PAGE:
- Project requirements. “Is this a Web site or application that requires AJAX, robust support for handling events, or how about a library of effects?” The amount of functionality provided out of the box and of experience needed to support the framework should be considered as well.
- Browser Support. Although most frameworks support most browsers, “…there are often some exceptions in the fine print — typically with Safari on the Mac”.
- Strength of development team supporting the framework. The best frameworks are maintained by a core team of developers. This will result in faster response time to bug reports and questions as well as in more rigor in testing and adherence to guidelines.
- Maturity of the framework. “More than anything, the maturity of a framework demonstrates a commitment to longevity, as well as a solid foundation. A mature framework will no longer be in beta…” A thriving community and support for a Subversion and CVS version repository are other signs of maturity.
- Frequency of public updates and releases. “Long delays and bloated releases are also a sure sign that you will not enjoy supporting the framework on future projects. Alternatively, too many public releases could indicate instability, or a lack of focus.”
- Documentation quality. Documentation is an important differentiator; strong documentation includes the API, books, tutorials and blogs while “the worst documentation is the sort that is only focused on syntax”. Examples with each method and property are also very helpful.
- Existence of an active community. “Are experienced users willing and able to lend a helping hand, or will they send you elsewhere for assistance? Are developers creating extensions, or contributing to the core framework?” The community character can also be a predictor of future reliability on community help.
- Benchmark tests. Benchmark tests can help to get a glimpse into the framework performance aspects. Their existence also proves a certain commitment towards adopting some quality assurance best practices. Also, ”…even a modest gain in speed, or a decrease in download size during a release cycle can be seen as a positive improvement.”
- Is there an extensive set of tests, both functional and unit? - submitted by Kanjax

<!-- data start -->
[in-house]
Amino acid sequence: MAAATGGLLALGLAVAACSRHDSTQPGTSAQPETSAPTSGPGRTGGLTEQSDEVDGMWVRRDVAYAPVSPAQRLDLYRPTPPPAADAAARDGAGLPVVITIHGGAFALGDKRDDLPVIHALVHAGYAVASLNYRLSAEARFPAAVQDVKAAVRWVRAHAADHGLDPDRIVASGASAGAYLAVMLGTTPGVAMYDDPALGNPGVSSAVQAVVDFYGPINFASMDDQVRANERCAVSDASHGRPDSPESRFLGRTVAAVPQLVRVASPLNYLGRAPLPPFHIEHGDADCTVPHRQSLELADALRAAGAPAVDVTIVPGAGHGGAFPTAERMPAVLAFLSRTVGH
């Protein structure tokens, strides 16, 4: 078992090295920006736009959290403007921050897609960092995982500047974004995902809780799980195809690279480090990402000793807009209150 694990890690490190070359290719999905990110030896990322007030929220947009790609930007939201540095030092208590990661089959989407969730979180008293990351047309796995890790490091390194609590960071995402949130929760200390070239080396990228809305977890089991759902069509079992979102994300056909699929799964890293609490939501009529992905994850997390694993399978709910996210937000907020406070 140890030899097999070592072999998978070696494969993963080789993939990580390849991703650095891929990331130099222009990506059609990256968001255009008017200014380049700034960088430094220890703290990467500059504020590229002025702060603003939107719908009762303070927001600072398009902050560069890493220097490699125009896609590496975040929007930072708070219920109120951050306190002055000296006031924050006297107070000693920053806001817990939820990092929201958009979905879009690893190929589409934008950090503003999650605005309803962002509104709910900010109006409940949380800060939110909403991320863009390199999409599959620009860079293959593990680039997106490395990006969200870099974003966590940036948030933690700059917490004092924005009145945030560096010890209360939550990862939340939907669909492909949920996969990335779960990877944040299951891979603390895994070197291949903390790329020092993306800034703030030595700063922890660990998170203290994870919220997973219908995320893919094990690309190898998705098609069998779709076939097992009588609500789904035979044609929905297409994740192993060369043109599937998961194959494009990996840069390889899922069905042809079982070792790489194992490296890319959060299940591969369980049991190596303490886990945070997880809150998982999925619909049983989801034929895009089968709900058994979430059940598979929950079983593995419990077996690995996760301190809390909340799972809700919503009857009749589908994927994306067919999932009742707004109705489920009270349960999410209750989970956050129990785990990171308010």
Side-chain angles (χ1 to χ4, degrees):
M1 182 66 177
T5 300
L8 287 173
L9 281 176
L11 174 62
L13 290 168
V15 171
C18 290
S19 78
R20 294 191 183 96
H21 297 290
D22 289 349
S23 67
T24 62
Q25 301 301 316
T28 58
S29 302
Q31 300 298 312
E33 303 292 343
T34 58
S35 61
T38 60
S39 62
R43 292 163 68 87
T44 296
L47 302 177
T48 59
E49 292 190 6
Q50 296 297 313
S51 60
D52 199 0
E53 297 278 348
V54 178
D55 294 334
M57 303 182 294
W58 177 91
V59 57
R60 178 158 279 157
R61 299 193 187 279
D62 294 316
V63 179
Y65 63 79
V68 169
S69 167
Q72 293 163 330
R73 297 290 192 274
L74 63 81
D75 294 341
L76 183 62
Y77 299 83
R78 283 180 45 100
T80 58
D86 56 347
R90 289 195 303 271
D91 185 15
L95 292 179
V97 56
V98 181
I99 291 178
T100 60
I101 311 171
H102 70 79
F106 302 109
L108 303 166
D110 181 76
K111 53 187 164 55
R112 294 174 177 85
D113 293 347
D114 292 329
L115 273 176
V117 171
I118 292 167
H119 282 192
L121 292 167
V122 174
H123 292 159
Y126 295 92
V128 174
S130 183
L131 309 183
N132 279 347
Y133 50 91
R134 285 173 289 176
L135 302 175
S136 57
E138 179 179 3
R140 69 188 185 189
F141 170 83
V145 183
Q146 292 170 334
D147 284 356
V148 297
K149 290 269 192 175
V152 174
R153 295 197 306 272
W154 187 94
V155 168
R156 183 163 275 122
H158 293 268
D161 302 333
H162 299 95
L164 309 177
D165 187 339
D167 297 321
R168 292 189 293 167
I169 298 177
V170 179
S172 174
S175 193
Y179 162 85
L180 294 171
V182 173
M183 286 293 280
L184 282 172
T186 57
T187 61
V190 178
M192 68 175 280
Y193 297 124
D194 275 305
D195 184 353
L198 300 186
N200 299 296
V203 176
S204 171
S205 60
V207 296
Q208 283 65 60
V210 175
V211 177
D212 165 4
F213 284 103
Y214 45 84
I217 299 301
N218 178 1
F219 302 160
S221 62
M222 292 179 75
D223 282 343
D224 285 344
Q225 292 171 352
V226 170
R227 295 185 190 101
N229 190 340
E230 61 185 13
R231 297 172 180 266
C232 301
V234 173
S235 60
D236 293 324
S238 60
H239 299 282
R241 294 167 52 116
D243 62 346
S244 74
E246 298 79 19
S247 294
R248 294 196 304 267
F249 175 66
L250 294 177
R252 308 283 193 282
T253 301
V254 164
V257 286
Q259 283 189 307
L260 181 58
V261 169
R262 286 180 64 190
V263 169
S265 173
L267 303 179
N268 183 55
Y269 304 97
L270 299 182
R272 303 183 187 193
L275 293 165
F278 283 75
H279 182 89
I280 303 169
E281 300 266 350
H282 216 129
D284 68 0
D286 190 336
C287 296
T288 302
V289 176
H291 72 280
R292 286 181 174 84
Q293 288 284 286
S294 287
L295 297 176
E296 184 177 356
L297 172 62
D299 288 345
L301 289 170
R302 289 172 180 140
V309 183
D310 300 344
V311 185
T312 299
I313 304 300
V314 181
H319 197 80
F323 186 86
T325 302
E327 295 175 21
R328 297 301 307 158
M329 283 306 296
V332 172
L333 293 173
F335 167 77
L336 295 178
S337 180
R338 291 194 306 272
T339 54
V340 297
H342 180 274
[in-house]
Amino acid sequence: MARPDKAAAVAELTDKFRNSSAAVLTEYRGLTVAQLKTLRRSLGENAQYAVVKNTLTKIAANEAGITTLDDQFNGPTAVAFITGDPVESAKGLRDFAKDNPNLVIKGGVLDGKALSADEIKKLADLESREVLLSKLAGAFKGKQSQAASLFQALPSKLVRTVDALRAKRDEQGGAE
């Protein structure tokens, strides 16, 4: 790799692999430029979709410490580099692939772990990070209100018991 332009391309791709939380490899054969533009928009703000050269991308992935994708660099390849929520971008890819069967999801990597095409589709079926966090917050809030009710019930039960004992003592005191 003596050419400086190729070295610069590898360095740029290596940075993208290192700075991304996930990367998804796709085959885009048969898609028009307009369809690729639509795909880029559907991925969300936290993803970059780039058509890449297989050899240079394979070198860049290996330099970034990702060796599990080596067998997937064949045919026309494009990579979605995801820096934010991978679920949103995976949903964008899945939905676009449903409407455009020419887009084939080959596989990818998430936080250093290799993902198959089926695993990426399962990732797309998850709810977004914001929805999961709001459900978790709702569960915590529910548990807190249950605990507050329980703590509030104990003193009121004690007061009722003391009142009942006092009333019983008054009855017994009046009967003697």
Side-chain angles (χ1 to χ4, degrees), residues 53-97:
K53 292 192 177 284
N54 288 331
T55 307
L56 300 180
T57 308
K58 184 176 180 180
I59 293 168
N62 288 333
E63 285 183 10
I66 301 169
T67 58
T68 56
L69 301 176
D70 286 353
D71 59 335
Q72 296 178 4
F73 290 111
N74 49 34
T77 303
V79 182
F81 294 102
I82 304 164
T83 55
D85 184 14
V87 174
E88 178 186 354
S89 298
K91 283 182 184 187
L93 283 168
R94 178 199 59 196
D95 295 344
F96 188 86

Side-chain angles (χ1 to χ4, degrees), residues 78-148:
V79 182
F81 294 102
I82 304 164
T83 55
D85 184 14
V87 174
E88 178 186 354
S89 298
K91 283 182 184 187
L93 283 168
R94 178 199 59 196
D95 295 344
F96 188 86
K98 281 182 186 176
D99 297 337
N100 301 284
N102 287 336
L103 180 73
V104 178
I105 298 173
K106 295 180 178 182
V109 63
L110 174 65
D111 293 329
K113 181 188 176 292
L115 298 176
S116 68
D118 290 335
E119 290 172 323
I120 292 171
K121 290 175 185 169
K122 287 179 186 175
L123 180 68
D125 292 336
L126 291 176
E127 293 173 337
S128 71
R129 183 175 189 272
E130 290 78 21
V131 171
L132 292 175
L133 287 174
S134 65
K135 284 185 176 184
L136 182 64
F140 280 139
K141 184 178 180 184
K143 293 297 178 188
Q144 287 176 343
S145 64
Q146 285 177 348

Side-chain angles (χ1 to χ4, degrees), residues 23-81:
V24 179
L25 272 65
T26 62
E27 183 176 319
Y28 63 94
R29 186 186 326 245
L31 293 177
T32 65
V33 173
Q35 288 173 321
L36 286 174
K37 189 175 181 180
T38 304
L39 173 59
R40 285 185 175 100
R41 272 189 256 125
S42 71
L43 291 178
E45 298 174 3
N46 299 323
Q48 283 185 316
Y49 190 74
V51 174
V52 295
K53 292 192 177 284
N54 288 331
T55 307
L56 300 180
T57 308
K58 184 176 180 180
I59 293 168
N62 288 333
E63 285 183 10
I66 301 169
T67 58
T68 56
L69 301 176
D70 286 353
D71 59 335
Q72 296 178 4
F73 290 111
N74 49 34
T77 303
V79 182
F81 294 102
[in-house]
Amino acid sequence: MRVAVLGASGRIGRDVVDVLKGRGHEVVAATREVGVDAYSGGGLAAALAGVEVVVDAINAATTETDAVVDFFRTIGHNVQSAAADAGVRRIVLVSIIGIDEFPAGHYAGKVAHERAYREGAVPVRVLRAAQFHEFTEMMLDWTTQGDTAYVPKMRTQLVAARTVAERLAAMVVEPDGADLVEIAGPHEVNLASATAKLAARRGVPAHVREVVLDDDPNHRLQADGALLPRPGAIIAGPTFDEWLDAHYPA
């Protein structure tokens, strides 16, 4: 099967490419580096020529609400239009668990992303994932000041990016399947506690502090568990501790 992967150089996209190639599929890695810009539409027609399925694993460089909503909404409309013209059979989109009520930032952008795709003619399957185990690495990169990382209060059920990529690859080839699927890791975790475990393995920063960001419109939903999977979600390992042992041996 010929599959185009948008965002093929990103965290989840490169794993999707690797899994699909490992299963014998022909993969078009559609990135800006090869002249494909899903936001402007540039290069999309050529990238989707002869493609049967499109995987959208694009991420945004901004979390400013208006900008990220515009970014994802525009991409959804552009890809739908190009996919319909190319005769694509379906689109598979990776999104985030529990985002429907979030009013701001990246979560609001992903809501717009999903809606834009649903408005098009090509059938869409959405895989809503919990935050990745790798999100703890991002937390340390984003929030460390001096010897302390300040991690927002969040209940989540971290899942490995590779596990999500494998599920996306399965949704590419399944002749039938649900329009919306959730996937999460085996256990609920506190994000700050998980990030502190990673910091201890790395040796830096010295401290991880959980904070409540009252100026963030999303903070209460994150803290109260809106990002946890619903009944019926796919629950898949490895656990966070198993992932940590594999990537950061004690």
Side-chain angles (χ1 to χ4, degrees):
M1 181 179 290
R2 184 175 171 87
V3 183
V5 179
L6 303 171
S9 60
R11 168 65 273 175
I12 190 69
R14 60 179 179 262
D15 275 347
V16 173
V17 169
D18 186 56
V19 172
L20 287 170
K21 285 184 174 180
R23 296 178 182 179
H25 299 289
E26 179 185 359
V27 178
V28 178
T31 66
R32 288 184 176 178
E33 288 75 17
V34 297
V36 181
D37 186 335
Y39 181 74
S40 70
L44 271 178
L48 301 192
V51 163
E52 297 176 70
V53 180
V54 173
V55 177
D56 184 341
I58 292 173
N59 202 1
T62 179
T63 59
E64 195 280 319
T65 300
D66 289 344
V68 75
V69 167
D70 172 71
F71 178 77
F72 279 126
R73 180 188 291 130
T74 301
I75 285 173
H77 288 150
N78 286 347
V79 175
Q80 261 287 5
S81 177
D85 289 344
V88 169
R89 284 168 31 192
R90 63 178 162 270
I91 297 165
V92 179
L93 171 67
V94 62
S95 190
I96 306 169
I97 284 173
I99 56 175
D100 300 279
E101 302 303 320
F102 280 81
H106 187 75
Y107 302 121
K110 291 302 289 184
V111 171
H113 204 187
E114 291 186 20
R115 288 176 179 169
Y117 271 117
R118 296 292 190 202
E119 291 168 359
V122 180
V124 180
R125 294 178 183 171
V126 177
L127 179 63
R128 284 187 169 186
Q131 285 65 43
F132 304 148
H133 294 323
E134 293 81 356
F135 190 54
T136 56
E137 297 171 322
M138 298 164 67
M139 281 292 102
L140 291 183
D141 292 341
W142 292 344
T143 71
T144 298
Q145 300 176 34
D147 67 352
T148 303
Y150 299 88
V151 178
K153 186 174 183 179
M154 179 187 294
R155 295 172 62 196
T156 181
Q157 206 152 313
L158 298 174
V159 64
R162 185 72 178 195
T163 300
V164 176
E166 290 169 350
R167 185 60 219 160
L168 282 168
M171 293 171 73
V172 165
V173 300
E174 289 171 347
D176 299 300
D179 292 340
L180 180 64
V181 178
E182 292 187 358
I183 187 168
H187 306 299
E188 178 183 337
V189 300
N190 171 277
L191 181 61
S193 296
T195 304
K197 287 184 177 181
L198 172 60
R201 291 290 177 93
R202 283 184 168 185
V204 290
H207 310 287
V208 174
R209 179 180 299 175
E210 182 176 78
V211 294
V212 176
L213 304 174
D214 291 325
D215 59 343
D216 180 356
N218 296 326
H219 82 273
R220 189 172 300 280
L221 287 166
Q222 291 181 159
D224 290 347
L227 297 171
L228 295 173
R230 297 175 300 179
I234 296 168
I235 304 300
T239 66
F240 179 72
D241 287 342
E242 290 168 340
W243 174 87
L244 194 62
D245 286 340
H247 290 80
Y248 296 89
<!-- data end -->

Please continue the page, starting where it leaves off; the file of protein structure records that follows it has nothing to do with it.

- Is there any commercial support available?
Beware of these frameworks if your app requires high performance. Prototype, jQuery fall over terribly when using large tables and grids.Another commenter pointed out that Mootools has a page benchmarking Protoype, JQuery & Mootools.
I’ve done extensive benchmarking for my current project at work which is very AJAX heavy and will use at it’s core large tables.
I’ve experimented with both jQuery and Prototype and the performance was always lacking. The problem? document.getElementById(). DOM lookup is VERY expensive. In fact, our tests seem to suggest that DOM lookup is not done via hashing.
A lot of these frameworks add extensions that many times you will not need, slowing performance down. Our solution has been to study what is beind done and write our own code, minus all the extensions and any extraneous framework support it is doing.
But for small webpages without large tables, Prototype or jQuery work very well and are nice to work with.
No mention of unobtrusive vs obtrusive?!?
On the other hand, jQuery and Prototype, and their UI plugins, tend toward unobtrusiveness. Or at least you have more of an option on how obtrusive you'd like to be.
This is not to point out those frameworks, but rather the glaring omission from the article above.
So the answer is...
What framework to use for Ajax heavy applications?
Craig Motlin Sep 01, 2014